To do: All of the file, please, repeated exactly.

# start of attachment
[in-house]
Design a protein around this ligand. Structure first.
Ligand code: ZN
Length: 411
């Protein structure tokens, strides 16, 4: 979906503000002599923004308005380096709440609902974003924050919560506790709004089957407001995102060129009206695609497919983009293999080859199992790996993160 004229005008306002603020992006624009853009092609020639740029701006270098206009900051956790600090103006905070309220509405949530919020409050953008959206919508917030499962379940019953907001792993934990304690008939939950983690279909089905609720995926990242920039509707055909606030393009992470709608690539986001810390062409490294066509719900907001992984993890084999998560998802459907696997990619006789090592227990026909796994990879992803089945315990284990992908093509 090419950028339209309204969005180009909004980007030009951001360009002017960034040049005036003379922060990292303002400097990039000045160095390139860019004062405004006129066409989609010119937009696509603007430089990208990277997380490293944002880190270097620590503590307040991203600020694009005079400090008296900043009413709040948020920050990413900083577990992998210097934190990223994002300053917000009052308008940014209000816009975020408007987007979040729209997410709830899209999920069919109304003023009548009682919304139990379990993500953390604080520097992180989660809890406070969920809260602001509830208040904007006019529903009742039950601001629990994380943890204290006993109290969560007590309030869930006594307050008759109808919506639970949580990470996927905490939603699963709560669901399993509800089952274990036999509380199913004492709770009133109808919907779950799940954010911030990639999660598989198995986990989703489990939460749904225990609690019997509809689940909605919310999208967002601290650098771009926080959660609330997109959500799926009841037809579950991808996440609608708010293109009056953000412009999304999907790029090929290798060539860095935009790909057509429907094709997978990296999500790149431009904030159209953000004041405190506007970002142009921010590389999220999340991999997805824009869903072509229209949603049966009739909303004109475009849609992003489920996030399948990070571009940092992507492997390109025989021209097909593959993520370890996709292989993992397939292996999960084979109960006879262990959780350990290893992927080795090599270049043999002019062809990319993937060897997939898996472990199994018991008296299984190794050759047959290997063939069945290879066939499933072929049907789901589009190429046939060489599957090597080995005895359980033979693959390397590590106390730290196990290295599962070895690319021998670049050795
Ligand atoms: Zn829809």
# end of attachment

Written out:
[in-house]
Design a protein around this ligand. Structure first.
Ligand code: ZN
Length: 411
């Protein structure tokens, strides 16, 4: 979906503000002599923004308005380096709440609902974003924050919560506790709004089957407001995102060129009206695609497919983009293999080859199992790996993160 004229005008306002603020992006624009853009092609020639740029701006270098206009900051956790600090103006905070309220509405949530919020409050953008959206919508917030499962379940019953907001792993934990304690008939939950983690279909089905609720995926990242920039509707055909606030393009992470709608690539986001810390062409490294066509719900907001992984993890084999998560998802459907696997990619006789090592227990026909796994990879992803089945315990284990992908093509 090419950028339209309204969005180009909004980007030009951001360009002017960034040049005036003379922060990292303002400097990039000045160095390139860019004062405004006129066409989609010119937009696509603007430089990208990277997380490293944002880190270097620590503590307040991203600020694009005079400090008296900043009413709040948020920050990413900083577990992998210097934190990223994002300053917000009052308008940014209000816009975020408007987007979040729209997410709830899209999920069919109304003023009548009682919304139990379990993500953390604080520097992180989660809890406070969920809260602001509830208040904007006019529903009742039950601001629990994380943890204290006993109290969560007590309030869930006594307050008759109808919506639970949580990470996927905490939603699963709560669901399993509800089952274990036999509380199913004492709770009133109808919907779950799940954010911030990639999660598989198995986990989703489990939460749904225990609690019997509809689940909605919310999208967002601290650098771009926080959660609330997109959500799926009841037809579950991808996440609608708010293109009056953000412009999304999907790029090929290798060539860095935009790909057509429907094709997978990296999500790149431009904030159209953000004041405190506007970002142009921010590389999220999340991999997805824009869903072509229209949603049966009739909303004109475009849609992003489920996030399948990070571009940092992507492997390109025989021209097909593959993520370890996709292989993992397939292996999960084979109960006879262990959780350990290893992927080795090599270049043999002019062809990319993937060897997939898996472990199994018991008296299984190794050759047959290997063939069945290879066939499933072929049907789901589009190429046939060489599957090597080995005895359980033979693959390397590590106390730290196990290295599962070895690319021998670049050795
Ligand atoms: Zn829809």